Safer With a Swaddle Blanket or Swaddle Garment? Research Says You are Asking the Wrong Question

As a certified Happiest Baby on the Block educator, I am often asked which choice new parents should make.  Swaddling with a blanket is cheaper (babies don’t grow too large for most blankets for months) and blankets can be repurposed after swaddling is finished.  Garments are easier to master; not everyone is willing to learn how to do a firm swaddle.  Parents with physical limitations, and parents of super-wriggly or very strong babies get a more secure swaddle with a garment.  But which is safer? There has been research on this topic.  A Journal of Pediatrics article in January 2014 found that ensuring a wide range of safe sleep practices was more important than method choice for safety.  The question parents should be asking is:  What should we do to make swaddling safe?  Safe swaddling has not been directly connected to very many documented injuries or deaths.  When unsafe sleeping practices are removed from the equation, using swaddling before a child can roll by themselves has a low level of risk.    Here are guidelines to help you make swaddling successful and safer:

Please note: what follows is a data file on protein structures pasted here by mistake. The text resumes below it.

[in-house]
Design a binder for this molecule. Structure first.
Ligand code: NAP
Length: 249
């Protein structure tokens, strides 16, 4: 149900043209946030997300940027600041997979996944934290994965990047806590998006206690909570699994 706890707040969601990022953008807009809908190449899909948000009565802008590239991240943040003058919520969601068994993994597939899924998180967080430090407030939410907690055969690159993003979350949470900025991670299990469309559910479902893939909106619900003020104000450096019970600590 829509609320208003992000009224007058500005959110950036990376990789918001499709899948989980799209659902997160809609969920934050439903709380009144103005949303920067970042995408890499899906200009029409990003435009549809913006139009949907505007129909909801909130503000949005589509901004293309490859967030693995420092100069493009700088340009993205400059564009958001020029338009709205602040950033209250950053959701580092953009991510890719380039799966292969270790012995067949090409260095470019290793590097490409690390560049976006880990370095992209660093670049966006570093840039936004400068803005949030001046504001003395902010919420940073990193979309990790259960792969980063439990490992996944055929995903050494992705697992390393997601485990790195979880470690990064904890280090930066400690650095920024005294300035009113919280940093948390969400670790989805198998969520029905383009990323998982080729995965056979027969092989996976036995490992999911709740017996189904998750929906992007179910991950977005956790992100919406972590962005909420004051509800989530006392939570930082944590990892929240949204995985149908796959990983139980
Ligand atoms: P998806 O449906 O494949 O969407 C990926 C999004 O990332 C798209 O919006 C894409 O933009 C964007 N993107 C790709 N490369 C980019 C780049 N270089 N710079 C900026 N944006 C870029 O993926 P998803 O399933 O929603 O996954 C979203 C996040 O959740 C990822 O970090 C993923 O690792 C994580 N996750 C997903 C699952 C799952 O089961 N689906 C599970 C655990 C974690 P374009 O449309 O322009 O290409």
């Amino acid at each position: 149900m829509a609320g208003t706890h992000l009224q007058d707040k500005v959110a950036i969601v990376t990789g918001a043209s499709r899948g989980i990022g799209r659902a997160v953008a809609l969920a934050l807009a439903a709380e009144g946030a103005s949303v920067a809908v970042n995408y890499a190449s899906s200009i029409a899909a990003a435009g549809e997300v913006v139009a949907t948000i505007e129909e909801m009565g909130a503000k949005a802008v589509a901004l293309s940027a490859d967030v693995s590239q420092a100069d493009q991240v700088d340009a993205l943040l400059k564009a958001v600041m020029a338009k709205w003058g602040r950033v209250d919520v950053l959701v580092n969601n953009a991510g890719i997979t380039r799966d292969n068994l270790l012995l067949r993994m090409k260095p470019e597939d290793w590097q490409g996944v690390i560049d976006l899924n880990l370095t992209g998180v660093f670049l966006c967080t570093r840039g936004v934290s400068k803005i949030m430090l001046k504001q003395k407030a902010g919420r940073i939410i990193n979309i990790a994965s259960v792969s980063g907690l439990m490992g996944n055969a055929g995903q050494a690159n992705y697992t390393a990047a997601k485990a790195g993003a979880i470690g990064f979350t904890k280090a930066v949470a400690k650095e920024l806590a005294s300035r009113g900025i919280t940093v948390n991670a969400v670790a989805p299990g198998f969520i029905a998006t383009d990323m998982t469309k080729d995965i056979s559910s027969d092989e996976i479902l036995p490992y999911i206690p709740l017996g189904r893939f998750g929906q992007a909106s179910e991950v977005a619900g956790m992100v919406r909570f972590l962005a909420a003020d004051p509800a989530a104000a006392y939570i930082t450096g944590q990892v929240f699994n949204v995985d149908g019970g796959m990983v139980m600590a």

• Many preemies are allowed to sleep on their stomach while in the hospital.  Placing a baby on their stomach without the monitoring and supervision of  a NICU is dangerous.  Safe-to-Sleep recommends only back sleeping at home, swaddled or not.
  • Loose swaddling, soft bedding, rolling over on your child while co-sleeping, or engaging in the use of alcohol or drugs while co-sleeping are huge risks.  Using a co-sleeper next to your bed is much safer than having your baby in your bed.  Avoid having your baby sleep on you in a recliner chair or on the couch.
  • Swaddling your child too warmly is a risk, so learn to “summer swaddle” with muslin or a light cotton swaddle garment, or turn on the A/C.  Child still too warm?  Remove the swaddle until the room is cooler.
  • Not getting a larger swaddle garment once your child has grown is a risk for safety (velcro will not securely attach) and puts him at risk for hip injury if his legs aren’t able to move freely.
  • Once your baby can roll independently, swaddling is riskier. The American Academy of Pediatrics recommends that swaddling should stop when a child is beginning to roll independently.  If you are doing all the other Happiest Baby techniques for the older newborn, then you should have established great sleeping habits without swaddling by the time your baby starts to roll.
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